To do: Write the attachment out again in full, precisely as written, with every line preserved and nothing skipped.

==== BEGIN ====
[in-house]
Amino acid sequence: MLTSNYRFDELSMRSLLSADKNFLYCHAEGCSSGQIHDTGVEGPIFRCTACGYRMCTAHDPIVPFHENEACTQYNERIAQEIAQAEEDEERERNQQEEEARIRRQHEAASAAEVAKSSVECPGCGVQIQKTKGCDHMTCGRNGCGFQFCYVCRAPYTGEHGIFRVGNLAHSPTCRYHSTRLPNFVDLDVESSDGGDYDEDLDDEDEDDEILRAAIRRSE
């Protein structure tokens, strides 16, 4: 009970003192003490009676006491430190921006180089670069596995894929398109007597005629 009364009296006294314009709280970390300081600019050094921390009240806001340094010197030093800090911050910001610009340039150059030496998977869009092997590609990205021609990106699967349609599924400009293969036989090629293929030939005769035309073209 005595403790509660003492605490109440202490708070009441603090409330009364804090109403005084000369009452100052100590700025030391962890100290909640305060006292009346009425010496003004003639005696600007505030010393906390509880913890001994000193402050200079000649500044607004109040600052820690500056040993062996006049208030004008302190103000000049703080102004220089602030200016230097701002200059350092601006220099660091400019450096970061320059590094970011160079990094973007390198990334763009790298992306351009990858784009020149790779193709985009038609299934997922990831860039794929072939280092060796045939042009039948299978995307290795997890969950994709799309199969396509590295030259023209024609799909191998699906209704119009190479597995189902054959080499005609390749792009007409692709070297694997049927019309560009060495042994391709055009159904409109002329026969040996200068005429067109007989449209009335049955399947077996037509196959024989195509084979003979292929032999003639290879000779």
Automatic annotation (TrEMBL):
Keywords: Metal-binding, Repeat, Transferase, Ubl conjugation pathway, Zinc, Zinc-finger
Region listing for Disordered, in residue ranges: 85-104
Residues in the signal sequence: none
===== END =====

[in-house]
Amino acid sequence: MLTSNYRFDELSMRSLLSADKNFLYCHAEGCSSGQIHDTGVEGPIFRCTACGYRMCTAHDPIVPFHENEACTQYNERIAQEIAQAEEDEERERNQQEEEARIRRQHEAASAAEVAKSSVECPGCGVQIQKTKGCDHMTCGRNGCGFQFCYVCRAPYTGEHGIFRVGNLAHSPTCRYHSTRLPNFVDLDVESSDGGDYDEDLDDEDEDDEILRAAIRRSE
């Protein structure tokens, strides 16, 4: 009970003192003490009676006491430190921006180089670069596995894929398109007597005629 009364009296006294314009709280970390300081600019050094921390009240806001340094010197030093800090911050910001610009340039150059030496998977869009092997590609990205021609990106699967349609599924400009293969036989090629293929030939005769035309073209 005595403790509660003492605490109440202490708070009441603090409330009364804090109403005084000369009452100052100590700025030391962890100290909640305060006292009346009425010496003004003639005696600007505030010393906390509880913890001994000193402050200079000649500044607004109040600052820690500056040993062996006049208030004008302190103000000049703080102004220089602030200016230097701002200059350092601006220099660091400019450096970061320059590094970011160079990094973007390198990334763009790298992306351009990858784009020149790779193709985009038609299934997922990831860039794929072939280092060796045939042009039948299978995307290795997890969950994709799309199969396509590295030259023209024609799909191998699906209704119009190479597995189902054959080499005609390749792009007409692709070297694997049927019309560009060495042994391709055009159904409109002329026969040996200068005429067109007989449209009335049955399947077996037509196959024989195509084979003979292929032999003639290879000779």
Automatic annotation (TrEMBL):
Keywords: Metal-binding, Repeat, Transferase, Ubl conjugation pathway, Zinc, Zinc-finger
Region listing for Disordered, in residue ranges: 85-104
Residues in the signal sequence: none